This matters for two important reasons when considering unlocking the massive potential of China’s retail business.
Firstly, Britain’s large interbank dealers are weary. Their non-electronic trading divisions such as mortgage and consumer credit lending entities have been battered by financial crises in the last few years of the previous decade, and have been subject to multi-million dollar fines for misselling of payment protection insurance, have been censured for benchmark rate corruption, and have lost billions in unpaid credit during the 2008 and 2009 credit crunch, which saw most of them having to be bailed out by the taxpayer.
This has created a situation in which the main Tier 1 banks are now ultra-conservative and are still licking their wounds by selling off retail divisions in their entirety, and restricting how much risk they take on counterparty credit extension to retail brokerages.
Complexity due to lack of credit and massive capital requirements? No problem in China
Meanwhile, brokers which have to face these counterparties have to stump up massive capital bases to maintain relationships with them and still be subjected to last look order execution on single-dealer platforms and then have to strike up relationships with further non-bank electronic communications networks such as EBS, Currenex, Hotspot FX and FXall in order to attempt to provide a more comprehensive liquidity solution against the banks’ pulling the rug out from under everyone’s feet.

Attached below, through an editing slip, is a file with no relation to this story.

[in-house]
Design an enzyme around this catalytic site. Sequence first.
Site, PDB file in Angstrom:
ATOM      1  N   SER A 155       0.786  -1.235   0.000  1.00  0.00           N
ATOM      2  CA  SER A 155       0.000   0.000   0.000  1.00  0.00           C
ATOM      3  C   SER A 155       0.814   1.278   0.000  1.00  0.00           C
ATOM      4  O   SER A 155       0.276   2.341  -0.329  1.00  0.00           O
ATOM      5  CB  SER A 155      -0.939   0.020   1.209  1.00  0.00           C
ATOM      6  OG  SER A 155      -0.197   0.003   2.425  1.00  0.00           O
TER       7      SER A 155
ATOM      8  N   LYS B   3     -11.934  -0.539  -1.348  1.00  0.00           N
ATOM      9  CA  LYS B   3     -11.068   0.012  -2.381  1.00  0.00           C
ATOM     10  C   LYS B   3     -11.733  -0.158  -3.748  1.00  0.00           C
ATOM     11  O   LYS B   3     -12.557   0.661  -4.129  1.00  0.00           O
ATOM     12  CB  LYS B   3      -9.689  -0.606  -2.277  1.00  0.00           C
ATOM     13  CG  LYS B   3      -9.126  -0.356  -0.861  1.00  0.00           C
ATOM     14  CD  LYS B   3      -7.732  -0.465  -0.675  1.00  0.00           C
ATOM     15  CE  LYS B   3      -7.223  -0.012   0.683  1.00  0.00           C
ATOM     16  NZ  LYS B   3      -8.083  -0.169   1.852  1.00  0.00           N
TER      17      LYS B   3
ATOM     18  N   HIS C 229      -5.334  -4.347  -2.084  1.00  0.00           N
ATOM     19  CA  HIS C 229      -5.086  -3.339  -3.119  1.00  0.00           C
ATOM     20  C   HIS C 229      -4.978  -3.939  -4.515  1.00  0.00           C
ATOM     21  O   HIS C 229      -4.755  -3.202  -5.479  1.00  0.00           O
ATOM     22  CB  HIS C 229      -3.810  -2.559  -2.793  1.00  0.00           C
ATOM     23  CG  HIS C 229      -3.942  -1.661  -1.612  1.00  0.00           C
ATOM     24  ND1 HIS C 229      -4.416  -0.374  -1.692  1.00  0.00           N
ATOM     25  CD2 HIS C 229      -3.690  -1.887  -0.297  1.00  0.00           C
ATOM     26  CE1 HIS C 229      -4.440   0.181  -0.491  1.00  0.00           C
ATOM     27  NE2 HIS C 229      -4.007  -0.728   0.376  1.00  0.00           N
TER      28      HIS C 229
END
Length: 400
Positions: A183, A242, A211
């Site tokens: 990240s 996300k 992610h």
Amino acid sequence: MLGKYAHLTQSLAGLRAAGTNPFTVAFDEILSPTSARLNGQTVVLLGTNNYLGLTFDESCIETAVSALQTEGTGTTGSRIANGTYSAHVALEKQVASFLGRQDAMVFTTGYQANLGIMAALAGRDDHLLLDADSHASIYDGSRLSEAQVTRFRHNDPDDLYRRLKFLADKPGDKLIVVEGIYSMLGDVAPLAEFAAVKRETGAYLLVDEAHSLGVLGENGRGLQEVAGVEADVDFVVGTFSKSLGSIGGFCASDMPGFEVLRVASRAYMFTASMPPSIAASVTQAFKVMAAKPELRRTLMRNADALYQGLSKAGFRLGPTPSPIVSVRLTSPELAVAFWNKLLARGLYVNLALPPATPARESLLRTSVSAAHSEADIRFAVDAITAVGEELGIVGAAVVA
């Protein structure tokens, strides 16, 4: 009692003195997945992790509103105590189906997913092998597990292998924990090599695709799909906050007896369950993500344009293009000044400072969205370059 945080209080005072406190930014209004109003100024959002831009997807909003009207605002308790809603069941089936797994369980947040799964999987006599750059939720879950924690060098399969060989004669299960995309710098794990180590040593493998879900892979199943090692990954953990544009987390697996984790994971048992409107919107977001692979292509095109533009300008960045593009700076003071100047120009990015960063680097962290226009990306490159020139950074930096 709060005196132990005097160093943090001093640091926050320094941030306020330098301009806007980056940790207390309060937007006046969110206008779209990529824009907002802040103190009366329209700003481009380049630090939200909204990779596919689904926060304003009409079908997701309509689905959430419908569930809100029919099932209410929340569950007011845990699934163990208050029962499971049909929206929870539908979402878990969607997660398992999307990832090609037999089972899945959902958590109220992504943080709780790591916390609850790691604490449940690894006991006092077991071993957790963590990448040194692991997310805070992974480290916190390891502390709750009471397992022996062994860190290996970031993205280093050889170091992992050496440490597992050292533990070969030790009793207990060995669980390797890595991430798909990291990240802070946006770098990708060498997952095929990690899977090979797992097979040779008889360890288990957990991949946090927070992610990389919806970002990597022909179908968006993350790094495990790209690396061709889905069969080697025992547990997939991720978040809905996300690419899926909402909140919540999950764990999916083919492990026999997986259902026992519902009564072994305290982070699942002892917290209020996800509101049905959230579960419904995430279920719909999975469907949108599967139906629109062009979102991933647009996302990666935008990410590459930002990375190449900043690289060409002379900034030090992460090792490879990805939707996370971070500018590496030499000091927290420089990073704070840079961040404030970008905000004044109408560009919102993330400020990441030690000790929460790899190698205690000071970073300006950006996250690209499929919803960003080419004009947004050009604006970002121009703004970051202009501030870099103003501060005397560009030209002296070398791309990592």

The same brokerages are battling with this whilst focusing on mainland China, and its own restrictions toward allowing any transaction over $50,000 (which is nothing because most brokers have an omnibus account or a prime brokerage agreement and have to send much higher figures than that each month to overseas banks of the brokers they work with) out of the country for the purposes of derivatives trading.
As of 2017, all transactions over $50,000 are subject to a client signature to document the purpose of the transfer. If it is for derivatives trading of any kind, it is no longer allowed.
Just as this happened, China’s own banks, all of which are owned by the state, are massively well capitalized and have a very clever model indeed.